I'd like to thank Sonja Herbert for introducing me to her memoir, Carnival Girl: Searching for God in the Aftermath of War, and for inviting me to join her Blog Tour.
Carnival Girl tells about Sonja's childhood in post-WWII Germany. Her father ran a carnival, so she and her siblings were raised in a caravan and traveled around the country. They made stops in many of the same towns each year, but weren't in any one place very long. It made schooling and making friends difficult.
Many times during the memoir I was very saddened by Sonja's life, especially the way she was treated by her mother. While Sonja doesn't have resentment toward her Mutti, her memories of the negative times were so clear that I couldn't help but think about the importance of using kind words. The Hymn Nay, Speak No Ill came to my mind, and I thought a lot about how I treat my children.
Even though Sonja had many struggles, the book was quite positive. Sonja wasn't dwelling on the negative situations, and through realizing that she has a Heavenly Father who loves her, she had a lot of hope.
Sonja's mom is half-Jewish and hiding for her life during WWII took a toll on her. I asked Sonja about her mother's background and their relationship, and this is what she had to say:
When I was a little girl, traveling in our small carnival caravan, I often listened to my mother talking about how she used to be a model in Berlin, the greatest city of Europe, and how she had to leave and hire on with the circus in order to stay ahead of the Nazis.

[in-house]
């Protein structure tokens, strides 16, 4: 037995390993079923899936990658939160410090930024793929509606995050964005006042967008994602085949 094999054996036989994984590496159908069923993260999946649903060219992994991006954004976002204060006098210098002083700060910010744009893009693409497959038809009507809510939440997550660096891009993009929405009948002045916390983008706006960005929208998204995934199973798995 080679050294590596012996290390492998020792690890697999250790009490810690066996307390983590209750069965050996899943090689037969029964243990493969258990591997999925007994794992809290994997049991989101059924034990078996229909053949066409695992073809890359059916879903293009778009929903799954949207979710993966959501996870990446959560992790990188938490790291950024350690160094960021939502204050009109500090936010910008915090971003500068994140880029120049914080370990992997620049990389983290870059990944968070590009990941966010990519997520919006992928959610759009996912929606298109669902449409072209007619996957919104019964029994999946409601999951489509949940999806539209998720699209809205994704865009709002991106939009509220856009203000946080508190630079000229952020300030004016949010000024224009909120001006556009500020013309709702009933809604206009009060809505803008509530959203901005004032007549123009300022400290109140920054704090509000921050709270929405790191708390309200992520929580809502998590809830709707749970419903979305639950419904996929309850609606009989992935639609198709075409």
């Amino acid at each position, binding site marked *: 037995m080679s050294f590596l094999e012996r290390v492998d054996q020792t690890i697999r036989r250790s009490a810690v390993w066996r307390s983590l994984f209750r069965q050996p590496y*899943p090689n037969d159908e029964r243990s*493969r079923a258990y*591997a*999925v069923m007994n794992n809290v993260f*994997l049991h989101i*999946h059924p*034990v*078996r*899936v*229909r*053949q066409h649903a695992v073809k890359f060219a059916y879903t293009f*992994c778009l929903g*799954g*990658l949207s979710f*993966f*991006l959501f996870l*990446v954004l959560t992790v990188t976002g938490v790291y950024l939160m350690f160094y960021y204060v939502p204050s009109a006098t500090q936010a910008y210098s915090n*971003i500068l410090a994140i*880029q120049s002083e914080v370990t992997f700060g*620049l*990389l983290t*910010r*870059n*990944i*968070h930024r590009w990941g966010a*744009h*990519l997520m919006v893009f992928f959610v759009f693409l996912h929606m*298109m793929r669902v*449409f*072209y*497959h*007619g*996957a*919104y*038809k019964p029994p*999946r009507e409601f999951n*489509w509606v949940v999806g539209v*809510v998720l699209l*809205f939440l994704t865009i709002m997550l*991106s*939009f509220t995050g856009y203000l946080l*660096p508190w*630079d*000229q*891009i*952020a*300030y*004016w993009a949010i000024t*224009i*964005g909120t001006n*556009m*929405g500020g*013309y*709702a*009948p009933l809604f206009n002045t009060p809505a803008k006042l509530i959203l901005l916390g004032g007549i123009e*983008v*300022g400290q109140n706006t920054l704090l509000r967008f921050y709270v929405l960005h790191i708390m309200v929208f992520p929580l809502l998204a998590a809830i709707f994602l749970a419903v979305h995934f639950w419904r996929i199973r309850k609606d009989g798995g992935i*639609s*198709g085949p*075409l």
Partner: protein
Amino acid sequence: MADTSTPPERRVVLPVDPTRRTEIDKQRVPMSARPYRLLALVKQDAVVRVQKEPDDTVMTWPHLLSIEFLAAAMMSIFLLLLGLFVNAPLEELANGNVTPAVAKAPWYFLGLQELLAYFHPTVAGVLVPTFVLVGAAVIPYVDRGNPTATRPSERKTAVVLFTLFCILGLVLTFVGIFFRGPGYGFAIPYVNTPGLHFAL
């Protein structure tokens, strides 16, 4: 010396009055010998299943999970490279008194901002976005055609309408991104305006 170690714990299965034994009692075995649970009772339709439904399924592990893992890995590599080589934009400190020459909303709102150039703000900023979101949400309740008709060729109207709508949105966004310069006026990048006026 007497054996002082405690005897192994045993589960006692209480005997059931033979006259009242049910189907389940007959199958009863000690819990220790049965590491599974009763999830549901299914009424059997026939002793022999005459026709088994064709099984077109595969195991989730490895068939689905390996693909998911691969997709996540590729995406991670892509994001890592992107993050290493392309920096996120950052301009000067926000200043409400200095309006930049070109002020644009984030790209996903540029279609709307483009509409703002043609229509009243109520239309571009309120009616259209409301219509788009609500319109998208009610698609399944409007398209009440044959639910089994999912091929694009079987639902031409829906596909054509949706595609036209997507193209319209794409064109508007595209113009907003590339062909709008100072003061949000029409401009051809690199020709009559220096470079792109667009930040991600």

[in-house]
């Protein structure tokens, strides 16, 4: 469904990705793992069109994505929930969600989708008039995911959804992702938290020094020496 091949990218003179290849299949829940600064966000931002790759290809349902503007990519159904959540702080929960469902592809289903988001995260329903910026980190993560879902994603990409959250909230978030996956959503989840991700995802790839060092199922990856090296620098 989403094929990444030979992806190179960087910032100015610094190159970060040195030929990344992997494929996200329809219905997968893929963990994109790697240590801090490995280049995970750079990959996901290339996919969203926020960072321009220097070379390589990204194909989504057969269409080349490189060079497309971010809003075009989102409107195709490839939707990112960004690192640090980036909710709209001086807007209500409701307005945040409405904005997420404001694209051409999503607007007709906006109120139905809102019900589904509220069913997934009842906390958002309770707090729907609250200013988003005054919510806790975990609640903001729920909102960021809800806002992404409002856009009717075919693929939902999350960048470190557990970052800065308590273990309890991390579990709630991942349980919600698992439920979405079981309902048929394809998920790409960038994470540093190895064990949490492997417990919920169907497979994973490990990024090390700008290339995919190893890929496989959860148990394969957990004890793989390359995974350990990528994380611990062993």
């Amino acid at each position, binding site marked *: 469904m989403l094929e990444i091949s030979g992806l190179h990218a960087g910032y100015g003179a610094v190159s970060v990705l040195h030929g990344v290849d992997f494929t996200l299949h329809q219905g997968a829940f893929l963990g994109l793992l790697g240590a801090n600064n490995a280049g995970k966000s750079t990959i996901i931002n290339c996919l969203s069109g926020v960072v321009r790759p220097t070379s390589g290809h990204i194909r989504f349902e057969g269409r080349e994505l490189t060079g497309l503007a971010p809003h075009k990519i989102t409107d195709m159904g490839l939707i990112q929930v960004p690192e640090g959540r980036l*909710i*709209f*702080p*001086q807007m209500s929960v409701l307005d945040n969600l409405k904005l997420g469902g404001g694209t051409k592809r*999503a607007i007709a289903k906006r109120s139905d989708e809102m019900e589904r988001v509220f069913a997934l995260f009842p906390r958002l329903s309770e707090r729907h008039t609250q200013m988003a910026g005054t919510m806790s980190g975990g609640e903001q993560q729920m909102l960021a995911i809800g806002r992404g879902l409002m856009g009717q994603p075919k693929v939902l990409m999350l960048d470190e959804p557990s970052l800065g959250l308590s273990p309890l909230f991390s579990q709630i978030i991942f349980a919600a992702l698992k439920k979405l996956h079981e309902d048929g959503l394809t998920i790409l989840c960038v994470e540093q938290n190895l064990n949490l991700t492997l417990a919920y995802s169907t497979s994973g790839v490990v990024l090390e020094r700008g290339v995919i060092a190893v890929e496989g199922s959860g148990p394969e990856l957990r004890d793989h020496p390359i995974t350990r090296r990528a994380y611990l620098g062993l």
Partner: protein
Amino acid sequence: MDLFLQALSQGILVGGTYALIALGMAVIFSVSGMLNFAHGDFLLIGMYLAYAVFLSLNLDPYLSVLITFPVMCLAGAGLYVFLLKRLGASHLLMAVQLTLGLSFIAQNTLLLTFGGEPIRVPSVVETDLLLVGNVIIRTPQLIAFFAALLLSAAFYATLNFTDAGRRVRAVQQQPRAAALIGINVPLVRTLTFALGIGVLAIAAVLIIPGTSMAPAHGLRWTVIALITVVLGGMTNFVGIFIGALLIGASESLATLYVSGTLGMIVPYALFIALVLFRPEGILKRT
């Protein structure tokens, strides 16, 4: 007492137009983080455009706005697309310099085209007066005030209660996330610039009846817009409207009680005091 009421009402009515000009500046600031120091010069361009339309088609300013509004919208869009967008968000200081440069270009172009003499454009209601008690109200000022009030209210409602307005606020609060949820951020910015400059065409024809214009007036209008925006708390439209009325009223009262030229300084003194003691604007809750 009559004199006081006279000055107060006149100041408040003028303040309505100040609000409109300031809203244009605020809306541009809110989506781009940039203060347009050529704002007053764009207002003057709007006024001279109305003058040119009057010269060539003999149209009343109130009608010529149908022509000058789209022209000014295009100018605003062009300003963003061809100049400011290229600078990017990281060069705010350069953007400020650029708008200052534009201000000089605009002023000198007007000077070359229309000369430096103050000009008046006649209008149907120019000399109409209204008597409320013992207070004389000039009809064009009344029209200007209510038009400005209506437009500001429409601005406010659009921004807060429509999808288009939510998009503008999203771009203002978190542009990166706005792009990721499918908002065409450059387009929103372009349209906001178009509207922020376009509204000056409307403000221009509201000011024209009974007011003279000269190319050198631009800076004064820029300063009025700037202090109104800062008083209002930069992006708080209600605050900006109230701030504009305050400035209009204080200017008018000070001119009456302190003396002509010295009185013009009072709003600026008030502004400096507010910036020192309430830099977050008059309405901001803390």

During the few times we carnival children attended school, I once received an A for a story about a Greek myth I had written, and on that day I decided to write about my mother’s life when I grew up.
All through the time I raised my six children here in the U.S.A., this thought was with me, and when the younger ones were a bit older, I started on my mother’s story. As the story unfolded, I realized that it would not be complete unless I also told my own story, the story of my childhood and my life with my mother.
And that’s how Carnival Girl began. I originally called it Conversations with Margot (my mother’s first name), but since the novel I wrote about her life isn’t quite finished yet, I decided to re-name the memoir and publish it first.
As I wrote the memoir and remembered the things that happened in my early life, old feelings returned, and I had to confront the childish assumptions of my younger self. Now, as a grown woman, I am able to see things I had not seen as a little girl, and when my memoir was finished, I had a new insight and understanding for my mother, who had suffered so much and still came out ahead.
My mother, Margot, is now ninety-one years old. She lives in Stuttgart, Germany, and is still going strong!
Thank you Mutti, for everything you have taught me!
Carnival Girl was published by Cedar Fort in June and can be purchased through their website, Deseret Book, or Amazon (you can also read excerpts on Cedar Fort and Amazon).